In January we used this year's first sock-delivery opportunity and wished to our members a successful and bright-colored 2019.
At this point you probably think that the time span of the validity of this annual wish is firm and obvious. We, however, have found out recently that the length of a terrestrial year depends on the observer.
For example, when observing the Earth from a stellar location trillions of kilometers away, circling the Sun takes the Earth about 365 days, 6 hours, 9 minutes and 9.5 seconds, which is also the length of the so-called sidereal year. When observing from the Earth’s surface, however, e.g. from Horažďovice in South Bohemia, this cycle is about 20 minutes shorter, thanks to Mother Earth’s intricate vagaries, and is referred to as a tropical year.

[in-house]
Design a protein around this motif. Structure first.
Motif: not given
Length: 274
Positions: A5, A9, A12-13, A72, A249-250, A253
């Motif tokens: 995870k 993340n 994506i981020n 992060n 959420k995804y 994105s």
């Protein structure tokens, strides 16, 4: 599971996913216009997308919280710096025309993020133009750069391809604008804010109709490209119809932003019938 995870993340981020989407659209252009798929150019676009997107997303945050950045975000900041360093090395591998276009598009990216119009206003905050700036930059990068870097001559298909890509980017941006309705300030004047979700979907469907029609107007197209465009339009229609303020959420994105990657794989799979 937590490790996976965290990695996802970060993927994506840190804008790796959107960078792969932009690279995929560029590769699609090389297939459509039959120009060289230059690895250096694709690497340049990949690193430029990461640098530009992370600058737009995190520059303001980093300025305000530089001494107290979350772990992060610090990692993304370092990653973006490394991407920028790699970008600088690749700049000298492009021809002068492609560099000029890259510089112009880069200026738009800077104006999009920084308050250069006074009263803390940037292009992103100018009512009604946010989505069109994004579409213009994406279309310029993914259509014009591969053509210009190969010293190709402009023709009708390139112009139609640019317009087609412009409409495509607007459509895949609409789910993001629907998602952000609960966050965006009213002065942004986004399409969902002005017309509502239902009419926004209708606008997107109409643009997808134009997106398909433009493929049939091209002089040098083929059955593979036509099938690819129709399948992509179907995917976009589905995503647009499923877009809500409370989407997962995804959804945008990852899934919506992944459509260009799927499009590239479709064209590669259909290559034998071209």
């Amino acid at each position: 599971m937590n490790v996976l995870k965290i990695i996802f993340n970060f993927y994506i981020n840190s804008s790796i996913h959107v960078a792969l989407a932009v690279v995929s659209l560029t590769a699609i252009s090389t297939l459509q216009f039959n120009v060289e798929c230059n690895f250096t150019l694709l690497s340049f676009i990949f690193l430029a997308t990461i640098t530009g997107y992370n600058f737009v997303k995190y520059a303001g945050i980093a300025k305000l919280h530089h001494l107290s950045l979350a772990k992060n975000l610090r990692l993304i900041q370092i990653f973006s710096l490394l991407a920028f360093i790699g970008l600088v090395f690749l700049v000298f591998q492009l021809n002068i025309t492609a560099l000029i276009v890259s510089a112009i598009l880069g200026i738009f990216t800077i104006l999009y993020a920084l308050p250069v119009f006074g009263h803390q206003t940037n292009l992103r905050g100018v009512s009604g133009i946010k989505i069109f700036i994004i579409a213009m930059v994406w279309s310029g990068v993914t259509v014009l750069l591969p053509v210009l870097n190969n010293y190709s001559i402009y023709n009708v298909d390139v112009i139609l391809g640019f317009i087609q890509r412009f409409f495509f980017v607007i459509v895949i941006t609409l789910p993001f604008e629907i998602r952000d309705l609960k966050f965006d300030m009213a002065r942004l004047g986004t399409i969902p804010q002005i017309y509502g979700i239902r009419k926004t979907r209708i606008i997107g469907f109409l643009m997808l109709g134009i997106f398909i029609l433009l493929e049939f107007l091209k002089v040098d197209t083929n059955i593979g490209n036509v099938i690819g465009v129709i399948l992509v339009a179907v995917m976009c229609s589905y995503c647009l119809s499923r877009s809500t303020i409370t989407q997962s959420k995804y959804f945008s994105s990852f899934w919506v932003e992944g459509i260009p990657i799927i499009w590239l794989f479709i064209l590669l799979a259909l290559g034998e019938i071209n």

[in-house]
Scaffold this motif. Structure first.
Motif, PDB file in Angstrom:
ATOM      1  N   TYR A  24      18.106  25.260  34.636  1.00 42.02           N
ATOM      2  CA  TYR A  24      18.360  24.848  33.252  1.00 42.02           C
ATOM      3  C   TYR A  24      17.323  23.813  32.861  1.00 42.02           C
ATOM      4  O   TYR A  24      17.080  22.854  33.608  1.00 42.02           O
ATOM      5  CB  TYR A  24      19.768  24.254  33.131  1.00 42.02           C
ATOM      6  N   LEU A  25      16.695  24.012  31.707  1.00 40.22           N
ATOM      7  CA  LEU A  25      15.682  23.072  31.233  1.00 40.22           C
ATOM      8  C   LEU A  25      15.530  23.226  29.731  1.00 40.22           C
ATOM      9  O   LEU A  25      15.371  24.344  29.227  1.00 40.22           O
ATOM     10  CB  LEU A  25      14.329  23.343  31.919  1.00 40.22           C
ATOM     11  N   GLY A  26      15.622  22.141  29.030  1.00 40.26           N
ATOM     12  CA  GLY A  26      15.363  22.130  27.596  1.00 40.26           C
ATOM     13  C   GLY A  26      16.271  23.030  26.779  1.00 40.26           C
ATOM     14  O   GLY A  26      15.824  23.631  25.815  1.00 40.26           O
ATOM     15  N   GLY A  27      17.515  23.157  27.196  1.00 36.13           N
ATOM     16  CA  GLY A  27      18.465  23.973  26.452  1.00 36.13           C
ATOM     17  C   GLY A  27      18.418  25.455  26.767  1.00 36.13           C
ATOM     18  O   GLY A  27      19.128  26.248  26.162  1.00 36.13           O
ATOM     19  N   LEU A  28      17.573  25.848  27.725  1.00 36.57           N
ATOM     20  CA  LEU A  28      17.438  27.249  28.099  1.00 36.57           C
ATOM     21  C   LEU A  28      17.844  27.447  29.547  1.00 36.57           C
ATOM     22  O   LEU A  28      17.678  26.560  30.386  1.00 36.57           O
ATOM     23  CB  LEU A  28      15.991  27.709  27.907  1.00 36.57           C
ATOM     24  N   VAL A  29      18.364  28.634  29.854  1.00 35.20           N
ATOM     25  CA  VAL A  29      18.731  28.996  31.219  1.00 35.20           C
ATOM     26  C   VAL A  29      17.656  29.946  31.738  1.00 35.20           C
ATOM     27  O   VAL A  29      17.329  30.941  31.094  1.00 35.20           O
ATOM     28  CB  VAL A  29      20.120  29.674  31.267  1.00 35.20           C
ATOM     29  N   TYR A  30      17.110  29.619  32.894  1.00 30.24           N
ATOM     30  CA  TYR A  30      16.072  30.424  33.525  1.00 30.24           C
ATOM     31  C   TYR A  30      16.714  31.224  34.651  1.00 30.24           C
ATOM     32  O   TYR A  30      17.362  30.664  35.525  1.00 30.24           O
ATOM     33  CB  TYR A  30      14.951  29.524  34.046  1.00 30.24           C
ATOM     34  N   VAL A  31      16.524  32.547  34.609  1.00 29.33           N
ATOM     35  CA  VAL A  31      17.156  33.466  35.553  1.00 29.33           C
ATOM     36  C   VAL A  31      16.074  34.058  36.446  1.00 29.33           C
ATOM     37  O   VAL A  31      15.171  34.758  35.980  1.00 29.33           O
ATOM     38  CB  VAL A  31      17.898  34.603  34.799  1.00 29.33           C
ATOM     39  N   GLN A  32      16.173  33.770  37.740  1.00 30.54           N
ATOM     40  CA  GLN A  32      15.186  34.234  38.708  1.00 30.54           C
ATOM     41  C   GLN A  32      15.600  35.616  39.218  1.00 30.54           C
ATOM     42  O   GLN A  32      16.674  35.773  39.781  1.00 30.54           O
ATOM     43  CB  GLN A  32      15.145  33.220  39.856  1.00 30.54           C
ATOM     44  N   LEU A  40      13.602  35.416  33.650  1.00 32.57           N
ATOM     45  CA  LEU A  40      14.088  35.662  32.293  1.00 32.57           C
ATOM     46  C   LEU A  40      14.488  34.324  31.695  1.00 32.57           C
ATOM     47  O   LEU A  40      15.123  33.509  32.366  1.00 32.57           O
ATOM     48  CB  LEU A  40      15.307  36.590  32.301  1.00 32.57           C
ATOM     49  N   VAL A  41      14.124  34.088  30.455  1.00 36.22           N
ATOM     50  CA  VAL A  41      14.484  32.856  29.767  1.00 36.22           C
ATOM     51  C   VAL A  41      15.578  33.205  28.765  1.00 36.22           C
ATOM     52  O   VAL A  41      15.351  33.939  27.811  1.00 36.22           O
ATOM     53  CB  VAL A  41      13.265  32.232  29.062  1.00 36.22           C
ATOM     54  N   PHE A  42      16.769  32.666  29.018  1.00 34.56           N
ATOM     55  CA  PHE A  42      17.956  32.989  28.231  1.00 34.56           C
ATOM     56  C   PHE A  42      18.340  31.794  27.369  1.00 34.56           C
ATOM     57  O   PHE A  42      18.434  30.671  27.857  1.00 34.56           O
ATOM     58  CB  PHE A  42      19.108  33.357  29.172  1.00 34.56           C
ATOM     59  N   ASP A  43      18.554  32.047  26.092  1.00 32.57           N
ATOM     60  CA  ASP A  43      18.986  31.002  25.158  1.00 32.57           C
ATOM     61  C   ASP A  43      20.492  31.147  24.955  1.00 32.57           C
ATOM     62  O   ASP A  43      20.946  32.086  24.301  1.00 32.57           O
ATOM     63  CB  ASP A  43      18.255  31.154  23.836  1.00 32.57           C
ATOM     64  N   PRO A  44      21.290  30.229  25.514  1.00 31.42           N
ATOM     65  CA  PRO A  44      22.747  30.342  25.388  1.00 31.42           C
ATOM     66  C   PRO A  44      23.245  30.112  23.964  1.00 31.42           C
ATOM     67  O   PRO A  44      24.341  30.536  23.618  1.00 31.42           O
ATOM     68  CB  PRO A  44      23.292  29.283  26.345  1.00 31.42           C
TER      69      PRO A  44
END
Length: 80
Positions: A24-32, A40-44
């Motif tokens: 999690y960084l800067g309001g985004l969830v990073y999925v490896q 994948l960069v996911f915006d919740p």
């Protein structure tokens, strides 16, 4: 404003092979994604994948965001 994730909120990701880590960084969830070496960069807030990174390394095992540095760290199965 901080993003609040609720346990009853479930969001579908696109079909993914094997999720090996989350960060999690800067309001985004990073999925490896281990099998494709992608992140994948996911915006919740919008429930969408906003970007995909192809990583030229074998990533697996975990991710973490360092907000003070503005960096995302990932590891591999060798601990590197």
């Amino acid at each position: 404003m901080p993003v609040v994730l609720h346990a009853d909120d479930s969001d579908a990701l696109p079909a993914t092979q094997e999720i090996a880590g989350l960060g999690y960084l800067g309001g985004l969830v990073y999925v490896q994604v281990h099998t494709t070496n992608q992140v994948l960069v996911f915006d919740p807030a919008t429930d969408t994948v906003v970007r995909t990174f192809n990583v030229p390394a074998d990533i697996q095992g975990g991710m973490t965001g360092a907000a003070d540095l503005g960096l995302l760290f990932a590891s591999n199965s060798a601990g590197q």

We will probably agree that the modern calendar made things a little easier. A year simply has 365 days, with a one-day extension every four years, unless the year is divisible by 100, in which case the year is not a leap year. Be warned that this rule will also apply to the year 2100. At this point, you are correct to point out that February 29th, 2000 did in fact appear in the calendar. The reason is an exception to the divisibility-by-100 exception: every four-hundredth year is a leap year. Well, it seems like any given year is just unlike any other.
As we wrap up, please let us wish you too a tropically bright year full of stellar success.
Did you learn what you need?
If you like our variegated world, we will be more than happy to welcome you to our Sock Club.
Or you can, of course, obtain a gift membership.